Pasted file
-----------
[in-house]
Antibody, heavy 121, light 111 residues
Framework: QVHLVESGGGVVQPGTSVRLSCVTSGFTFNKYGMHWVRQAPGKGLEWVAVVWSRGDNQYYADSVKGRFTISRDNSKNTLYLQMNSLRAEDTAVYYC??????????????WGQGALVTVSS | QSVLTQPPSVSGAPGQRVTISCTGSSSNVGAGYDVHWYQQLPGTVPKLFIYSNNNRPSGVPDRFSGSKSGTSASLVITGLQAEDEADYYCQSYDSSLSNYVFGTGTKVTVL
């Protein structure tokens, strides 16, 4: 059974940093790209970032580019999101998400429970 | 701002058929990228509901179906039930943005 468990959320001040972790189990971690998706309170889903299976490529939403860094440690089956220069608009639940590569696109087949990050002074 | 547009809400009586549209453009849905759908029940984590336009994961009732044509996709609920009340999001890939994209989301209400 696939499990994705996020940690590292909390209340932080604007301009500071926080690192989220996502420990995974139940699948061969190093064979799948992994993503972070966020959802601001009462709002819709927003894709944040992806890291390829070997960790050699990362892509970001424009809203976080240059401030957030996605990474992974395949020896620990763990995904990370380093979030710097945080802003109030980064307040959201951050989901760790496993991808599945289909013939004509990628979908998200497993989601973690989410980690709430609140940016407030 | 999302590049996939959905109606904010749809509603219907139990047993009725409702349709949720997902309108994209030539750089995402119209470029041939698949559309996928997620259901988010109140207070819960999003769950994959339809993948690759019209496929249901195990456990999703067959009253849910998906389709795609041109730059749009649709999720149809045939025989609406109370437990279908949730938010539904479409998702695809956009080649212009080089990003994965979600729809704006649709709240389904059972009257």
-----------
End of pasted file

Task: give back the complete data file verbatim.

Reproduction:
[in-house]
Antibody, heavy 121, light 111 residues
Framework: QVHLVESGGGVVQPGTSVRLSCVTSGFTFNKYGMHWVRQAPGKGLEWVAVVWSRGDNQYYADSVKGRFTISRDNSKNTLYLQMNSLRAEDTAVYYC??????????????WGQGALVTVSS | QSVLTQPPSVSGAPGQRVTISCTGSSSNVGAGYDVHWYQQLPGTVPKLFIYSNNNRPSGVPDRFSGSKSGTSASLVITGLQAEDEADYYCQSYDSSLSNYVFGTGTKVTVL
């Protein structure tokens, strides 16, 4: 059974940093790209970032580019999101998400429970 | 701002058929990228509901179906039930943005 468990959320001040972790189990971690998706309170889903299976490529939403860094440690089956220069608009639940590569696109087949990050002074 | 547009809400009586549209453009849905759908029940984590336009994961009732044509996709609920009340999001890939994209989301209400 696939499990994705996020940690590292909390209340932080604007301009500071926080690192989220996502420990995974139940699948061969190093064979799948992994993503972070966020959802601001009462709002819709927003894709944040992806890291390829070997960790050699990362892509970001424009809203976080240059401030957030996605990474992974395949020896620990763990995904990370380093979030710097945080802003109030980064307040959201951050989901760790496993991808599945289909013939004509990628979908998200497993989601973690989410980690709430609140940016407030 | 999302590049996939959905109606904010749809509603219907139990047993009725409702349709949720997902309108994209030539750089995402119209470029041939698949559309996928997620259901988010109140207070819960999003769950994959339809993948690759019209496929249901195990456990999703067959009253849910998906389709795609041109730059749009649709999720149809045939025989609406109370437990279908949730938010539904479409998702695809956009080649212009080089990003994965979600729809704006649709709240389904059972009257």